Sunday, May 19, 2024

His Lordship - Cabaret Voltaire, Edinburgh, 17 May 2024

I’ll make this quick, just like this breakneck one hour set delivered – that’s “delivered” like a hail of bullets – by His Lordship.
What these guys assault you with is a tornado of punk-ish rock’n’roll, right the way from the machine gun rat-a-tat of opener ‘I Live In The City’ to the suitably scorching encore ‘Red Hot’, a turbo-charged cover from 1955 that its originator Billy ‘The Kid’ Emerson would surely struggle to
James Walbourne - pinball wizard
Pic by Stuart Stott
 recognise as it whizzes by in blur.
Sure, they dial it down a tad here and there.  ‘The Way I Walk’ is a lurching grind, on which James Walbourne delivers a lip-curling Elvis-like vocal and a dentist drill guitar solo.  And ‘The Repenter’ is like a warped, creepy 60s rock’n’roll ballad, replete with swooping backing vocals from drummer Kristoffer Sonne and touring bassist Dave Page.  But for the most part they go for your throat in full throttle mode.
‘All Cranked Up’ may give a cursory nod to the Stranglers’ ‘Go Buddy Go’, but only as it pays demented homage to Chuck Berry, without whom Buddy would’ve been going precisely nowhere.  ‘Jackie Works For The NHS’ is a crunking garage rock “fuck you to the Tories”, as Walbourne puts it, with reverb-laden vocals, a screeching guitar line, and a Clash-like bass line from Page.  Meanwhile ‘Buzzkill’ sounds like it’s mashing up M’s one hit wonder ‘Pop Muzik’ with the squeaking guitar riff from The Vapors’ ‘Turning Japanese’.
Walbourne and Sonne clearly know their rock'n'roll history, and echoes like these put me in mind of lines from the glorious self-titled glam’n’garage rock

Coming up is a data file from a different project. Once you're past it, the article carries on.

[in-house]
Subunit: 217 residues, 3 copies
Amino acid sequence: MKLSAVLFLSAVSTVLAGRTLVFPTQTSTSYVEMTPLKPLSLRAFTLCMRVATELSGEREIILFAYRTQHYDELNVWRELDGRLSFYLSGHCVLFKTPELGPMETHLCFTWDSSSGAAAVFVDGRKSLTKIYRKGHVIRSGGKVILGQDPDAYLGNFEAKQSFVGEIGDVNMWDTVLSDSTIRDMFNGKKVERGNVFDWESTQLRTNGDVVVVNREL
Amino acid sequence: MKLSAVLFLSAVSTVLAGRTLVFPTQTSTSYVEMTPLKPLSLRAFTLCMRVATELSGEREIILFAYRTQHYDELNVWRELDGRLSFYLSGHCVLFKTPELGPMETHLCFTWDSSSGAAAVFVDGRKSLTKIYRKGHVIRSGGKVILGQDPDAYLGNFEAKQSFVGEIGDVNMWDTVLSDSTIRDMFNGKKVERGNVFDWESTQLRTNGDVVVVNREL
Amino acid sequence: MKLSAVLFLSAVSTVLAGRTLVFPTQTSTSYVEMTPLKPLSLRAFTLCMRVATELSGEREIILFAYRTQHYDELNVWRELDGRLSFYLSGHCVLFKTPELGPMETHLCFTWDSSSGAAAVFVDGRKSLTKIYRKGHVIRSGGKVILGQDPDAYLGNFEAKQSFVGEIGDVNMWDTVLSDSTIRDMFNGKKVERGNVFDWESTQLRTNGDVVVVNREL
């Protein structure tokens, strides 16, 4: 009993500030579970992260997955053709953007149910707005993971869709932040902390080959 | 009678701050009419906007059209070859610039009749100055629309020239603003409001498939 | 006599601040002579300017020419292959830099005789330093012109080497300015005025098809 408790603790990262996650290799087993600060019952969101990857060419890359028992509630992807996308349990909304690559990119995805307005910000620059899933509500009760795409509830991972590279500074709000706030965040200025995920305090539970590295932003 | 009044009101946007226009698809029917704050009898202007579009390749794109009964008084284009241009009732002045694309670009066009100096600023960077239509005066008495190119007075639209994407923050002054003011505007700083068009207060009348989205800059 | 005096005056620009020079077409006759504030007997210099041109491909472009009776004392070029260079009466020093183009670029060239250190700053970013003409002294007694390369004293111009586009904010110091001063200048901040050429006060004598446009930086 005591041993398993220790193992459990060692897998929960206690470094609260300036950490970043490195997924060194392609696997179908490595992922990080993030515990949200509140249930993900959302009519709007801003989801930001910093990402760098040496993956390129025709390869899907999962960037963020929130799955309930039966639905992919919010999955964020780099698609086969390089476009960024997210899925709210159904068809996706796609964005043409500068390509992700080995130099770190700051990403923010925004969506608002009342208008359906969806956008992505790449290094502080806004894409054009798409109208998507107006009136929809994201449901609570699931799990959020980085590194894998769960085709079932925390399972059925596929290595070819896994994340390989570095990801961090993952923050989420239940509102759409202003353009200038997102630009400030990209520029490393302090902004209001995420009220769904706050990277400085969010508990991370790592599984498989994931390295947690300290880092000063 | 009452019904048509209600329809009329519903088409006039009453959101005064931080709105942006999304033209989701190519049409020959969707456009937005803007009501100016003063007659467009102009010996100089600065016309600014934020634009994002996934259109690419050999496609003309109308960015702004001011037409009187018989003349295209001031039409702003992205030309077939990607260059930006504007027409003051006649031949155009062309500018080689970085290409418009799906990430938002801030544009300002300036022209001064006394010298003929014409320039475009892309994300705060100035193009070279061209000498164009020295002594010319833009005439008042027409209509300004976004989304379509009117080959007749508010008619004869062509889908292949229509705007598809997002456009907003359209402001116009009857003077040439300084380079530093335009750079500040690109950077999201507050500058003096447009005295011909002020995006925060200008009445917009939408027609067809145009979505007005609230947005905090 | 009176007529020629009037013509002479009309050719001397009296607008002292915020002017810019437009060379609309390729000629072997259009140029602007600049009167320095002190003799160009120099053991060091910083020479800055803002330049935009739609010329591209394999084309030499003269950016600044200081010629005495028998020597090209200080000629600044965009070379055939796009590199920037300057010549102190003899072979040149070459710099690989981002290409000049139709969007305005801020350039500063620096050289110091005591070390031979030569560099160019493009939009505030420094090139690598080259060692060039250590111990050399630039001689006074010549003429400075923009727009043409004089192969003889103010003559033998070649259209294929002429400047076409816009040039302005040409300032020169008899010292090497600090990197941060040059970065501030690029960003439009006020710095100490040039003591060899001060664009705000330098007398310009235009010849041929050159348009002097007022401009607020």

Kristoffer Sonne whips it good
Pic by Stuart Stott
homage by Boston's The Peppermint Kicks  – “I write the songs that try to please you / Something stolen, something borrowed”.
These guys know that showmanship doesn’t require pyrotechnics, not least when Sonne steps out from behind the drums (Page deputising) to take the lead vocal on ‘My Brother Is An Only Child’ in send-for-a-straitjacket fashion, climbing on the bass drum, whirling the mic like a helicopter blade, and generally coming over like a certifiable character from the League of Gentlemen.  And Walbourne is a whirling, pinballing presence throughout, his stylish coiffeur soon becoming matted with sweat.
They do a couple of new tunes.  The slowish instrumental ‘Farewell Paddy’ is a tribute to Shane MacGowan, full of lyrical, bendy guitar.  The following ‘Be A Winner’ is more typical fare, jerky and spiky and propelled by a weightily fuzzy bass line from Page.
The hurtling, irresistible ‘Joy Boy’ is another highlight, with its quirky falsetto chorus and a howling, teeth-gritted solo from Walbourne.  But if that seems hectic, it has serious  competition from the galloping instrumental ‘Cat Call’, a slice of manic guitar frenzy into which Walbourne slips a snatch of Edwyn Collins’ ‘A Girl Like You’ just for extra fun.
As a celebration of rowdy, intense, off the handle wreck’n’roll, an hour in the company of His Lordship is a red hot proposition.  Don’t miss ‘em.
His Lordship are on tour until 30 May, details here.

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